Haven Orecchio-Egresitz | Berkshire Eagle
As of mid December, more than 375 Berkshire County residents have pledged not to stay silent in the face of intolerance or discrimination.
The list is growing, and come January, towns, cities and organizations will be able to make the same declaration against hate to the group Multicultural BRIDGE, according to Gwendolyn Hampton VanSant, its CEO.
Terry Cowgill | Berkshire Edge
Great Barrington's Select Board is now on record as standing against “hate based on race, religion, sexual orientation, gender identity, ethnicity or any other factor.”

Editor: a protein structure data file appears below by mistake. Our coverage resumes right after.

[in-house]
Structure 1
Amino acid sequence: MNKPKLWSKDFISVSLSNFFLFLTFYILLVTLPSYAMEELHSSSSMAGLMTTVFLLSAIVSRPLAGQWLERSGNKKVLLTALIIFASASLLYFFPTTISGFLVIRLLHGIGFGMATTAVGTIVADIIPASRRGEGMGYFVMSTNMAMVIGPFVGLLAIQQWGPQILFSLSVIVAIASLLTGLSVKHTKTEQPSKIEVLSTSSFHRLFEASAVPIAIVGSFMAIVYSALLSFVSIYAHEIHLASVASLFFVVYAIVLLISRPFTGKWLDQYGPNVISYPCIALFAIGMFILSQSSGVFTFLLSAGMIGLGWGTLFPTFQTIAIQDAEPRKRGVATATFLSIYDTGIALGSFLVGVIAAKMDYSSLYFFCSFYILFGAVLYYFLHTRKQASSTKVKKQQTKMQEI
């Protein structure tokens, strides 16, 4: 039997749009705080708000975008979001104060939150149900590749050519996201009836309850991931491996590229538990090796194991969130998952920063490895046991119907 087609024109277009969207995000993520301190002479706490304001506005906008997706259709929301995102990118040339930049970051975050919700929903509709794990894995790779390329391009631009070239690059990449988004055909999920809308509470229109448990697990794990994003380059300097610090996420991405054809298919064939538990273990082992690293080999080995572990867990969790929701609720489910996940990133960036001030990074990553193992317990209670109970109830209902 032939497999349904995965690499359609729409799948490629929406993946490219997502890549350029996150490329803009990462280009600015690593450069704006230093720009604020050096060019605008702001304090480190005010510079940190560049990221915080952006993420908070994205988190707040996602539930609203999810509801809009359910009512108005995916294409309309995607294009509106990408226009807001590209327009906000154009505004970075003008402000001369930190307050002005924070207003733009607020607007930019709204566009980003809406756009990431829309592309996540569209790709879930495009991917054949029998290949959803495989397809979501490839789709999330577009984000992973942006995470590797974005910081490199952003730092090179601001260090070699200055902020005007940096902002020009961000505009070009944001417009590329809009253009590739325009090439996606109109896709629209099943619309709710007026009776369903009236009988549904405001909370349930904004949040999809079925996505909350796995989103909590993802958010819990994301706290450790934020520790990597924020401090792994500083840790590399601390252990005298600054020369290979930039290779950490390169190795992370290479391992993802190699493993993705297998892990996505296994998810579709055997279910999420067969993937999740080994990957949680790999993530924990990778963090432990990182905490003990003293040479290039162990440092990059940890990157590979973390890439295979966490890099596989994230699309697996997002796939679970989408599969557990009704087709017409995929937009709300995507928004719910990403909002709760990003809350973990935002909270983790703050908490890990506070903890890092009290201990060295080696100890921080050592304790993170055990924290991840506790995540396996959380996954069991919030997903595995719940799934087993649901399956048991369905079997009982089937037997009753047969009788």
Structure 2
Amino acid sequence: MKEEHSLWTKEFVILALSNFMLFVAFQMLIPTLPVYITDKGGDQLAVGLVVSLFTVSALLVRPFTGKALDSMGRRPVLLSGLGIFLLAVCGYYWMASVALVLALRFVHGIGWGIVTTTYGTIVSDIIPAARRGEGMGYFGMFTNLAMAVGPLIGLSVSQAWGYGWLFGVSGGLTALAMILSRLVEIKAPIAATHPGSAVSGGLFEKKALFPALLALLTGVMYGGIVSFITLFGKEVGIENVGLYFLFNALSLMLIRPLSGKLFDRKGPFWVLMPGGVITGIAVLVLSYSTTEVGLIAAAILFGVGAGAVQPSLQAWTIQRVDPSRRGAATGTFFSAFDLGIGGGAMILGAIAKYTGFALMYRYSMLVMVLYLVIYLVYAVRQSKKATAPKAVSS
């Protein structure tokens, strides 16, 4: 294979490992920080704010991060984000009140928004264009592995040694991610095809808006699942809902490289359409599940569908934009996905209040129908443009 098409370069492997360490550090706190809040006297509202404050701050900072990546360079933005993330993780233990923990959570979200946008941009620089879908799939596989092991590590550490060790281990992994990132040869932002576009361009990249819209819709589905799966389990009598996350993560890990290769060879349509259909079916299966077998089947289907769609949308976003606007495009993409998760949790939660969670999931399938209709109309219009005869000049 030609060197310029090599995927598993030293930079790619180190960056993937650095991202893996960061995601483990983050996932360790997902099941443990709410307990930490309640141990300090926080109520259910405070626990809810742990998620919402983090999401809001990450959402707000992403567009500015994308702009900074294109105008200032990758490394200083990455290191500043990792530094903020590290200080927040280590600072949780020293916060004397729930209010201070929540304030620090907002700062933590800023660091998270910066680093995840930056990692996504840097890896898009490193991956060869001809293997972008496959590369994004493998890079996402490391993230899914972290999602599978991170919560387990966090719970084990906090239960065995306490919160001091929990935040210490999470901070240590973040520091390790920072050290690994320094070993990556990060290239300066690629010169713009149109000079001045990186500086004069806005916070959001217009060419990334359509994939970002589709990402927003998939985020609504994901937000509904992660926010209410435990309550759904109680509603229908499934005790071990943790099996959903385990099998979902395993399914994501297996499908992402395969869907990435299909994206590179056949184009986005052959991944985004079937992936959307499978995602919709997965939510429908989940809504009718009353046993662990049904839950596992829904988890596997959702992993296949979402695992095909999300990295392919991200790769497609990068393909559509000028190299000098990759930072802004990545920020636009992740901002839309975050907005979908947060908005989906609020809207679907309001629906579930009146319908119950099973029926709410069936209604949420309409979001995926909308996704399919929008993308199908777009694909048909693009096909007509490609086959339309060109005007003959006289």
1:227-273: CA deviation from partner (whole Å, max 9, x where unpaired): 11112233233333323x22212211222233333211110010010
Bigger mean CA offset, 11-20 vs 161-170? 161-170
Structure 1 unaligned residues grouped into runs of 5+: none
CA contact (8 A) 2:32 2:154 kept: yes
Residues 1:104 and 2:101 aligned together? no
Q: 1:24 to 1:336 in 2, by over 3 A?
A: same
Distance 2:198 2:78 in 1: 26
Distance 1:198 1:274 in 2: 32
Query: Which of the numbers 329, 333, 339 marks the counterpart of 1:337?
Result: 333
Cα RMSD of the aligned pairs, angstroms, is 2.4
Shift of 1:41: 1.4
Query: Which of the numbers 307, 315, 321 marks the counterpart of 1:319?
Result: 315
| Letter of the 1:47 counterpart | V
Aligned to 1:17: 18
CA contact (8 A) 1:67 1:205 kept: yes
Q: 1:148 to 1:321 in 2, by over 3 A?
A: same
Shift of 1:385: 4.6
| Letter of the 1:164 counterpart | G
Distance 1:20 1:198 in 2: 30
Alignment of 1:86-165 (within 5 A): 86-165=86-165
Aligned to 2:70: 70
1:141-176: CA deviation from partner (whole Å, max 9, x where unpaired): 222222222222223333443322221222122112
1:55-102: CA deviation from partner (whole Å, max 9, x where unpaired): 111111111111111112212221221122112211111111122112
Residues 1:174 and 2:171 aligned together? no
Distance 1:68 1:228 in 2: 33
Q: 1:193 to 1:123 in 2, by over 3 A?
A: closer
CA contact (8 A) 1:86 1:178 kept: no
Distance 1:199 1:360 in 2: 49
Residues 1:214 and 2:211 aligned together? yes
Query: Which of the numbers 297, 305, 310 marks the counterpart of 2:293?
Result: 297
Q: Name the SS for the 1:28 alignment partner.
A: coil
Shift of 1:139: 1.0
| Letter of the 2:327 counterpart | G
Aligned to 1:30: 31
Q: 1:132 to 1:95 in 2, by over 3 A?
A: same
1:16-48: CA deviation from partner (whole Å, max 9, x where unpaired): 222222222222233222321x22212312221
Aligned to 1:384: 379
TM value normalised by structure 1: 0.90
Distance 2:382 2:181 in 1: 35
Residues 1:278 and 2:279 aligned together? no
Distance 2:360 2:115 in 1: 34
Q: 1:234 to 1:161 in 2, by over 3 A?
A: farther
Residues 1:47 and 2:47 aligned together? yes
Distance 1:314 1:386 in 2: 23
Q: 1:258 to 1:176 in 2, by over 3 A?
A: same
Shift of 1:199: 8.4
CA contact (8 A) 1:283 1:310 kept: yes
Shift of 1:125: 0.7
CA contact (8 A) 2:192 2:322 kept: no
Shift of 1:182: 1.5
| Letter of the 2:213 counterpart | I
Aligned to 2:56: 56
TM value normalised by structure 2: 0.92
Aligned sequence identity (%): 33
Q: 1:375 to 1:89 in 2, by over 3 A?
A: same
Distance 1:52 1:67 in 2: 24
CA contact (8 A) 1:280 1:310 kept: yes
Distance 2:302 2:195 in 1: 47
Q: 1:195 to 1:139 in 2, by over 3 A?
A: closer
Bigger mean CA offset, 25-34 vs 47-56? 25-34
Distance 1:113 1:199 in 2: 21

That was the situation Monday night (Nov. 27) as individual selectmen signed a “Not In Our County” pledge presented to them by Multicultural BRIDGE, a Lee-based advocacy group that offers diversity programming in the Berkshires.
“The Bridge and many partners are working together on a campaign to stop hate in the Berkshires,” said Gwendolyn Hampton VanSant, who head Multicultural BRIDGE. “But really we have more of a positive spin about needing to all work together and forge a coalition to promote equity, trust and justice.”